On July 30, 1419, the New Town Hall became the site of tragic events that went down in history under the name First Prague Defenestration. The reason for these events was the decision of the city council of the New City to arrest several Hussites implicated in the riots, who were imprisoned in the town hall. After the Sunday morning Mass, a procession of Hussite parishioners led by the priest Jan Zhelivsky and other Hussite leaders (among whom was Jan ижižka) approached the New Town Hall from the side of St. Stephen’s Church, with the intention of freeing the prisoners. During a quarrel with council members, the stone brought from the window of the town hall fell into the Holy Gifts brought by the Hussites with them (according to another version, the stone fell into Zhelivsky himself). This was a signal to the furious actions of the crowd: bursting into the town hall, the Hussites threw out the window of the city purmmist, the judge and thirteen other council members. Falling from the windows, they smashed on the pavement and were sought by the crowd. It was this action that served as the beginning of the long fratricidal Hussite wars.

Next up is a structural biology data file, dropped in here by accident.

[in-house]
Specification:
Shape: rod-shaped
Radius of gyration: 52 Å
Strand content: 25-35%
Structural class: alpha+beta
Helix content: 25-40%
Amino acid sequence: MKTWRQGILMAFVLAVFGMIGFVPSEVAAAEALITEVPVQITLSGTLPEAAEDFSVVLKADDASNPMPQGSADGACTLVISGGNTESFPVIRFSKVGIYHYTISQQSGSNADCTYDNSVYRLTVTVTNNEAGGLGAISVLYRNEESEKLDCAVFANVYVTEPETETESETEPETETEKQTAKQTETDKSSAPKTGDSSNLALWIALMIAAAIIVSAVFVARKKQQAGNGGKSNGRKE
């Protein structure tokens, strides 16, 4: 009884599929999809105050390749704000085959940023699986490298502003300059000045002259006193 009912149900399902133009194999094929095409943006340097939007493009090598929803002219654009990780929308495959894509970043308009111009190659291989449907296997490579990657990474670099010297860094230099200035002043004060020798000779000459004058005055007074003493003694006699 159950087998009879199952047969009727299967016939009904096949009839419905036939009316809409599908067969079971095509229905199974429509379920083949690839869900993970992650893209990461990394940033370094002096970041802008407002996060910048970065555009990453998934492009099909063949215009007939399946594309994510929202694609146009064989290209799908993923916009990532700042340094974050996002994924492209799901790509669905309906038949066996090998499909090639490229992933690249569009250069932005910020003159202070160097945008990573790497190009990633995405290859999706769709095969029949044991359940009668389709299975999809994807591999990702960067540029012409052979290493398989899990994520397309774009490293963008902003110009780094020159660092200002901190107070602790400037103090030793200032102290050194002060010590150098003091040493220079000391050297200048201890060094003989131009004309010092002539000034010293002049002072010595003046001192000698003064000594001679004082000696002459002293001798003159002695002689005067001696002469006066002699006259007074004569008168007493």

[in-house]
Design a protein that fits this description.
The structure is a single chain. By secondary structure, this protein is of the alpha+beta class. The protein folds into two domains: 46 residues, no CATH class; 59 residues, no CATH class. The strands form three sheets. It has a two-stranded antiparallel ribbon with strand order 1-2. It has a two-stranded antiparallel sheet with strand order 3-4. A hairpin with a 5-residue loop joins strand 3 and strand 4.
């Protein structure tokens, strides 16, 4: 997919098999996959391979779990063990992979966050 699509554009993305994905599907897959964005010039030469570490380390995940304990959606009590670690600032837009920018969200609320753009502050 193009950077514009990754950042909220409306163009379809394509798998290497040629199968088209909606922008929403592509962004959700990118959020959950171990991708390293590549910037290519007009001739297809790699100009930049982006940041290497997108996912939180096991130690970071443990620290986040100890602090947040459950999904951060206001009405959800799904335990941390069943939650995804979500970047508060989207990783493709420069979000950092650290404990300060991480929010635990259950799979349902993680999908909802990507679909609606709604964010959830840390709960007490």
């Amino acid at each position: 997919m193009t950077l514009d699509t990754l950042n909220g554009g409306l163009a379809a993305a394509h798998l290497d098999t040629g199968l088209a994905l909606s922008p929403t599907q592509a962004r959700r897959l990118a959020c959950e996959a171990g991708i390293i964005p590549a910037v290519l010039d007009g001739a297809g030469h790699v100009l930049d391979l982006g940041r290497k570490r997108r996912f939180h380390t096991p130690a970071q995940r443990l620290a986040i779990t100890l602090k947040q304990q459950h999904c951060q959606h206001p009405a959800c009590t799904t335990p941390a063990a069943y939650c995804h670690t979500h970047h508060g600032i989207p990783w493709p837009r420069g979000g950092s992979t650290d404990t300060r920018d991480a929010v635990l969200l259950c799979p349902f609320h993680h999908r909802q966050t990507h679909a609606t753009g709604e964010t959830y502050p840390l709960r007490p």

The dominant feature of the town hall and the entire Charles Square - the six-story town hall tower - was laid in 1451 on the corner of the square and Vodichkova street. The construction of the tower was completed in 1456. Its height is 70 meters, and the staircase leading to the top of the tower consists of 212 steps. The lower floor of the tower was used as a prison. To the right of the entrance to the tower from the side of Vodichkova Street, at a height of 2 meters from the sidewalk, a reference metal was mounted Prague arshin 591.4 mm long, designed for the needs of market trade.

On the ground floor of the tower was built the chapel of the Taking of the Virgin Mary and St. Wenceslas in the Gothic style, later rebuilt in the Baroque style. Among other things, the chapel served as the last spiritual refuge for prisoners sentenced to death. A fresco on the theme of justice was made on the vaults of the chapel. The top floor of the tower served as the herald's dwelling. The roof and gallery of the tower were reconstructed in 1722-1725 and in this form have survived to this day.